However, inflammatory and metabolic diseases are associated with perturbed mitoROS production (44). In this study, we found that with LPS treatment, the mitochondrial morphology of cells was changed significantly, which may be the direct cause of inflammation-induced mitochondrial damage to destroy energy generation of GCs (45). As our results show, the intracellular ROS content also increases significantly after inflammation is induced. Excessive abnormal ROS production would cause redox imbalance in the body, causing mitochondrial structure and function damage (30, 46). Mitochondrial dysfunction may affect follicle growth and development, leading to early follicle atresia (4749). All the above factors may cause a follicular development disorder in PCOS patients and serve as a key reason for anovulation and sparse ovulation (Figure 7).

FIGURE 7
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Figure 7 A proposed model for inflammatory cascade in ovarian granulosa cells with PCOS. The inflammatory cytokines derived from the peripheral circulation enter into the follicles through the ovarian circulation system. Subsequently, by the IL-1R and TLR4 on the GCs, the inflammatory cytokines in follicular fluid alternate follicular microenvironment, resulting in the activation of nuclear factors NF-κB and its transfer into the nucleus. Activated NF-κB promotes the gene expression of key components of the NLRP3 inflammasome. Under the stress of mitochondrial ROS, these key components including NLRP3, ASC, caspase-1 assemble, promote the cleavage of IL-1β and amplify the inflammatory cascade. The inflammatory cascade further damage mitochondria, which aggravates the generation of mitoROS and forms a vicious circle. Thereby, the alternation of the follicular microenvironment affects the function of GCs and leads to slowing down of cell proliferation, ultimately affecting the growth and development of oocytes.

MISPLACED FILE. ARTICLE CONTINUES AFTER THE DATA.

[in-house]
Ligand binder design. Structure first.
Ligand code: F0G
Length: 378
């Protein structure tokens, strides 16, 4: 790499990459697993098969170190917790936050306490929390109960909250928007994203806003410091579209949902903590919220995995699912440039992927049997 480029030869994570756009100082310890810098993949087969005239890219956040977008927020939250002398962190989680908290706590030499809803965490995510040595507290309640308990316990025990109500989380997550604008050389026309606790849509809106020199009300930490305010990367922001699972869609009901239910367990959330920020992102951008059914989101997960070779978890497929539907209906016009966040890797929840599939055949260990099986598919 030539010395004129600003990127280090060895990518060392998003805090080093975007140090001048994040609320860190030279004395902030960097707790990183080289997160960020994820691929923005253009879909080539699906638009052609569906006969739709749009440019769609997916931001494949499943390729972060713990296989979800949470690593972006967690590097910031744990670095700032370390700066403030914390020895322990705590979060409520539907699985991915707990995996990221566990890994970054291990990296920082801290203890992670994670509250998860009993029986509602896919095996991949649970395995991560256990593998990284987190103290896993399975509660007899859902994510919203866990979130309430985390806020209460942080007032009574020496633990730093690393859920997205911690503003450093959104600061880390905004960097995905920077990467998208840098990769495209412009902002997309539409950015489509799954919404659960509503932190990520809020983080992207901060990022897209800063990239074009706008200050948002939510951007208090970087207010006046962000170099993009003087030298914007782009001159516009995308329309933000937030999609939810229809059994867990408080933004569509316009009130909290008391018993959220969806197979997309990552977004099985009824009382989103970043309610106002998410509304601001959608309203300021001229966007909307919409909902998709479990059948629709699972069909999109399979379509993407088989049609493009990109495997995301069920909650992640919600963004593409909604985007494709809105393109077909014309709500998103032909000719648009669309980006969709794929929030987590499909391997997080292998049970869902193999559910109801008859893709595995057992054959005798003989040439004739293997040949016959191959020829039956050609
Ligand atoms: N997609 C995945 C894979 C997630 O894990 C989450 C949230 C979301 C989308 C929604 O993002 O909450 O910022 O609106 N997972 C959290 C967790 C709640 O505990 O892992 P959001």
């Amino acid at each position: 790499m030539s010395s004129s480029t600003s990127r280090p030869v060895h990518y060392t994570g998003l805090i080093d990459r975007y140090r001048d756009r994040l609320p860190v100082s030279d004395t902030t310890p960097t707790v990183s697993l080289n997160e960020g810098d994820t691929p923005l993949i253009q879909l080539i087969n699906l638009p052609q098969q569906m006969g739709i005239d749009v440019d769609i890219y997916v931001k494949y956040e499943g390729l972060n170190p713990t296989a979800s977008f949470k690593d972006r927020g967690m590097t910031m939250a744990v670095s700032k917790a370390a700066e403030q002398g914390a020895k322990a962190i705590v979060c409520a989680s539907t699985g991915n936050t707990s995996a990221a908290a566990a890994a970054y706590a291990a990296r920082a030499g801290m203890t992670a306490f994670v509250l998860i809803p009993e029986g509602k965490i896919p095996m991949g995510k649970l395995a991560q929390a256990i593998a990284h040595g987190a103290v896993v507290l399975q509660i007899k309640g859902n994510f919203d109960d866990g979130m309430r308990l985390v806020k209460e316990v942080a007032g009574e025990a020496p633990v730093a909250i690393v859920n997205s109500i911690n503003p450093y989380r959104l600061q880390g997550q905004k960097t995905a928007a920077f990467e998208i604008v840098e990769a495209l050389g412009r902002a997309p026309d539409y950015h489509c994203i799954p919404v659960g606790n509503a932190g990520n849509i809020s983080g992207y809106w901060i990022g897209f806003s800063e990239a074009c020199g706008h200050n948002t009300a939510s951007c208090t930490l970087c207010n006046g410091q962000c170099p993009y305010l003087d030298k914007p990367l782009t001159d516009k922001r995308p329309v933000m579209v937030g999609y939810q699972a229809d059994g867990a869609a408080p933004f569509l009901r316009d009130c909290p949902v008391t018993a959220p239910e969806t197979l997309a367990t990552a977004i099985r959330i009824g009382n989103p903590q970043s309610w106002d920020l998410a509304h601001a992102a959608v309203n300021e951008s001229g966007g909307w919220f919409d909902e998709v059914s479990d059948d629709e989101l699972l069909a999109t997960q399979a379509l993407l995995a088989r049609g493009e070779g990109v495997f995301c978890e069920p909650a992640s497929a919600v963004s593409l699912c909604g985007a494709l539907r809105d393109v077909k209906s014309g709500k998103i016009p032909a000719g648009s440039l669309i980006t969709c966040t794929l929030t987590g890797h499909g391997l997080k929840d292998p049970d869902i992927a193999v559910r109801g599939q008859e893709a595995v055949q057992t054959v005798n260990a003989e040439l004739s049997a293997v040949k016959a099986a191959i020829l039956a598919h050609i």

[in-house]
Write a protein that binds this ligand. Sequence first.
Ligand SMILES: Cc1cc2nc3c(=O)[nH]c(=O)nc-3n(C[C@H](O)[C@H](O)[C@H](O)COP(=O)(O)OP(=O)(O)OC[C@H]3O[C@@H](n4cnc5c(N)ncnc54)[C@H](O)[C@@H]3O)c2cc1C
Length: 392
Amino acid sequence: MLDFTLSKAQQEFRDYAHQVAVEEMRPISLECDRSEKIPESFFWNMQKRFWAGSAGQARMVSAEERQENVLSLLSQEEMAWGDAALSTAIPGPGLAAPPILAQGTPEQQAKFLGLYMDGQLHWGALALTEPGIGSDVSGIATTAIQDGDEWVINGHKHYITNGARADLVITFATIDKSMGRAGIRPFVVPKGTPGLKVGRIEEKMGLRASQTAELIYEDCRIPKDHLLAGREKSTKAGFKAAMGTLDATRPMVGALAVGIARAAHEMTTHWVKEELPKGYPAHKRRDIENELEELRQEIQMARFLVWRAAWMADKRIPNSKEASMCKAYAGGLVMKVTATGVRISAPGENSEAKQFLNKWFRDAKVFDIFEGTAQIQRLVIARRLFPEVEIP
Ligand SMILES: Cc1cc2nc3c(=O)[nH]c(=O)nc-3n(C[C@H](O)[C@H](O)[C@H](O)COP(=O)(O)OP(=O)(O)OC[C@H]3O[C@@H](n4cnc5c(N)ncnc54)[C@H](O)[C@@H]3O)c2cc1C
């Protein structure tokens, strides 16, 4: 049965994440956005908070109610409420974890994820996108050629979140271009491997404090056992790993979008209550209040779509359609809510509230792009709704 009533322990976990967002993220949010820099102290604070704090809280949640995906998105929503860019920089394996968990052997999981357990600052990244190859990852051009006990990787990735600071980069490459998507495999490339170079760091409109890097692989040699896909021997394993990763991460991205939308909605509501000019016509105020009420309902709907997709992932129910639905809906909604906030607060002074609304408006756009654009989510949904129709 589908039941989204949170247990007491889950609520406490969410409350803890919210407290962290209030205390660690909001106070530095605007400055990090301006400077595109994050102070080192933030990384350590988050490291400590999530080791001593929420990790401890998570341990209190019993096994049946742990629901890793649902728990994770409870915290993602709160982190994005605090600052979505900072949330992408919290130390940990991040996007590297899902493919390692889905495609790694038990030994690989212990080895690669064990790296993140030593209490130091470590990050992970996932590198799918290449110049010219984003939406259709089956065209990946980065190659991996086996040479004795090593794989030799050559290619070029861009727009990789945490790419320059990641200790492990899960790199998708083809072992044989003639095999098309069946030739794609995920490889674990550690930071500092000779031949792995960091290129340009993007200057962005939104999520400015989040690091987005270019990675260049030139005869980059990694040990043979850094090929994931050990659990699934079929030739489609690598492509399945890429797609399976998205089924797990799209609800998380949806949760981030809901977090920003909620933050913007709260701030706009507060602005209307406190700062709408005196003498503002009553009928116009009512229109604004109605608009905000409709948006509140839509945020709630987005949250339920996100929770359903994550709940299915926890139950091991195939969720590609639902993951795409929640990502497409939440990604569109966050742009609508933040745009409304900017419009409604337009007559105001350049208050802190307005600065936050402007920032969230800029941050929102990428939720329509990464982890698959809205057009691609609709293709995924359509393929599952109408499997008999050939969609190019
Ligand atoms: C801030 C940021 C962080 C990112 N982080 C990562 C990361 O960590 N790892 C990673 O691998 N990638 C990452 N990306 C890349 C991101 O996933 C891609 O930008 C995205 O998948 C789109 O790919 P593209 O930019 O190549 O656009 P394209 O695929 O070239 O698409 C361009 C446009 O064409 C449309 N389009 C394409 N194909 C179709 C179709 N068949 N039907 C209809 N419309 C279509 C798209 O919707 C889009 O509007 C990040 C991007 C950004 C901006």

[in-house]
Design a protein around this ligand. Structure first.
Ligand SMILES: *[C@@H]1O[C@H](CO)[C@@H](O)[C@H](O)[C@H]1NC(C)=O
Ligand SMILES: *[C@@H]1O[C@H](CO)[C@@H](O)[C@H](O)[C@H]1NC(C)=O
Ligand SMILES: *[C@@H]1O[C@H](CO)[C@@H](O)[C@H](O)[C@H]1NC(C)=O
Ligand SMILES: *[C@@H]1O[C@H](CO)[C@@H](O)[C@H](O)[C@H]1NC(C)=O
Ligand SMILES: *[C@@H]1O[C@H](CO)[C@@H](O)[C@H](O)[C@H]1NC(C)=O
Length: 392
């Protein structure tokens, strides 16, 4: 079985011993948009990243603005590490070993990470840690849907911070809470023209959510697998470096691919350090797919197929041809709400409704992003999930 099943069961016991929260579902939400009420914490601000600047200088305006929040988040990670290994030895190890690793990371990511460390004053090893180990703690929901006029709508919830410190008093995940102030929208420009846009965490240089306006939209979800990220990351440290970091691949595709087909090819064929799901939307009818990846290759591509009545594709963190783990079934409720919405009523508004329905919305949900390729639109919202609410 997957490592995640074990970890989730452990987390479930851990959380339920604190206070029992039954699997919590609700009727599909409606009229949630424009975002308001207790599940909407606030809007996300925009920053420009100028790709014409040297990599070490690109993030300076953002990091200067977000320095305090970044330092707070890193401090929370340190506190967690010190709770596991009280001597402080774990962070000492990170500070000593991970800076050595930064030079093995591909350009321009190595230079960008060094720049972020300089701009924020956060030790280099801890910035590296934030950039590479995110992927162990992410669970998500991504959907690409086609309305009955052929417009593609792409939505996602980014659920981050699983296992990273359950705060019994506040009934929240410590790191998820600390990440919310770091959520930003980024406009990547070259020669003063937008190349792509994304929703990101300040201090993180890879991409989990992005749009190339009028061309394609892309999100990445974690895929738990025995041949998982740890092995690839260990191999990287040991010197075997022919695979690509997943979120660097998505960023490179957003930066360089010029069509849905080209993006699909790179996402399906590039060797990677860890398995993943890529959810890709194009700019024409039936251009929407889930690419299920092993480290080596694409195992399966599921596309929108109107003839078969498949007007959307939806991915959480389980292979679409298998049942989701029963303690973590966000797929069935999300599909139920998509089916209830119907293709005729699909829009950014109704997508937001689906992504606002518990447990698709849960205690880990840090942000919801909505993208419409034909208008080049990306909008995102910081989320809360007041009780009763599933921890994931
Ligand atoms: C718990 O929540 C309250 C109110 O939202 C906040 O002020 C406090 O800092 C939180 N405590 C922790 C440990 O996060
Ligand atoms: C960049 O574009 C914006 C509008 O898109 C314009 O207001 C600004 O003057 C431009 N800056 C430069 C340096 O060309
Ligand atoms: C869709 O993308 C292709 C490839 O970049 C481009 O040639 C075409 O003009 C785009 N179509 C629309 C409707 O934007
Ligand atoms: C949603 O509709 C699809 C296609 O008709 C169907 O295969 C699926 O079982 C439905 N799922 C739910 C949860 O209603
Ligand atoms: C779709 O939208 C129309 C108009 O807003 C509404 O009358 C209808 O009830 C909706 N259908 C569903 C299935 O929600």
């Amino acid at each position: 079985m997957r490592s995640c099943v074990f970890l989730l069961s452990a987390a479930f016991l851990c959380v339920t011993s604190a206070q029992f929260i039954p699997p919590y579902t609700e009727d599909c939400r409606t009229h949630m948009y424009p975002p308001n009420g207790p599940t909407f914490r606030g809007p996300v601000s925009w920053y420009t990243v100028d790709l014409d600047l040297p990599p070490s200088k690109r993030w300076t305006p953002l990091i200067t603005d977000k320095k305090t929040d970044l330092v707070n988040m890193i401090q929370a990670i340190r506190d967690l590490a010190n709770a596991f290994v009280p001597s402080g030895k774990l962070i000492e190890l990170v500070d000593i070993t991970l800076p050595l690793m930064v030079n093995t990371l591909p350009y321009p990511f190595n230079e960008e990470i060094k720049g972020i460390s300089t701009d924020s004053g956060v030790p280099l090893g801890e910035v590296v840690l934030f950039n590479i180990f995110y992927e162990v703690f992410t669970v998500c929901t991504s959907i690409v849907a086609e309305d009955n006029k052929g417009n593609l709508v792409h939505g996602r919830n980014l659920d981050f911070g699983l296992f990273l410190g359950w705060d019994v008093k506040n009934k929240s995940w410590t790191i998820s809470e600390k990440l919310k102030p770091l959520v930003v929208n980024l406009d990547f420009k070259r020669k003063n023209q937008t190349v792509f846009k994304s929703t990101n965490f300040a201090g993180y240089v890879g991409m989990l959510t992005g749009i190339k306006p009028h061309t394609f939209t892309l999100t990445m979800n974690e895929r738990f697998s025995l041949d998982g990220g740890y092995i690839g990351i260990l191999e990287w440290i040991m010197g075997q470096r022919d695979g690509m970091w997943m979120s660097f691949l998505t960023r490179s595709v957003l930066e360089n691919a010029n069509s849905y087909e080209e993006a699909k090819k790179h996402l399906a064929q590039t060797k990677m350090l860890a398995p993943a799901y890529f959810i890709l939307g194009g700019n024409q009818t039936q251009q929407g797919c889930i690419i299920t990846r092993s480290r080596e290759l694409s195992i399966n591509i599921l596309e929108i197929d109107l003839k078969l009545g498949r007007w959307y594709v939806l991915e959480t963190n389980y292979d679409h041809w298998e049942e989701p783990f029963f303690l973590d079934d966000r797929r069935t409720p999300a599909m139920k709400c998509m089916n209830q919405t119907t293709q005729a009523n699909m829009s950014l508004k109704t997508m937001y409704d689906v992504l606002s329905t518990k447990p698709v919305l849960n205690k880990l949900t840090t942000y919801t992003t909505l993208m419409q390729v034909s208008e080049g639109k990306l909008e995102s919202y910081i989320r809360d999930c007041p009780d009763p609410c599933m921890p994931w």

Because PCOS pathogenesis is unclear and etiology is complicated, it is a technical problem that needs to be overcome urgently. Some scholars believed that inflammation-related signaling pathways are not the main contributors to PCOS (50, 51). Most studies suggested that inflammatory conditions in PCOS are caused by associated obesity or insulin resistance rather than an independent feature of the syndrome (50). Some scholars have pointed out the expression of IL-1β gene in PCOS and non-PCOS was non-significantly different, but overweight PCOS patients had higher levels of IL-1β in serum (35). So whether IL-1β is the cause of PCOS disease remains controversial. According to our study, chronic low-grade inflammation plays an indelible role in its occurrence and development. If this chronic inflammation can be attenuated, it will likely have important significance for improving fertility of PCOS patients. Yang et al., in their work silenced UCA1 and inhibited most pathological progression in PCOS, such as preventing pro-inflammation production and promoting GC proliferation (52). So the target for inflammatory is crucial in PCOS therapy. At present, we have found that alternating follicular microenvironment activated inflammatory pathway, influenced the ability of GCs to proliferation, exacerbates oocyte maturation arrest. Therefore, improving follicular microenvironment can provide a novel direction for treating PCOS patients and remains to be further studied.

Data Availability Statement

The original contributions presented in the study are included in the article/Supplementary Material. Further inquiries can be directed to the corresponding authors.

Ethics Statement

The studies involving human participants were reviewed and approved by Institutional Review Committee of Guangdong Women and Children Health Hospital of Guangzhou Medical University. The patients/participants provided their written informed consent to participate in this study.

Author Contributions

YL and HL designed the study. YL and HF wrote the manuscript. YL, ZL, and HL performed the experiments, analyzed, and interpreted the data with the help of other authors. DF revised the article critically for important intellectual content. DF and XW supervised the work. All authors contributed to the article and approved the submitted version.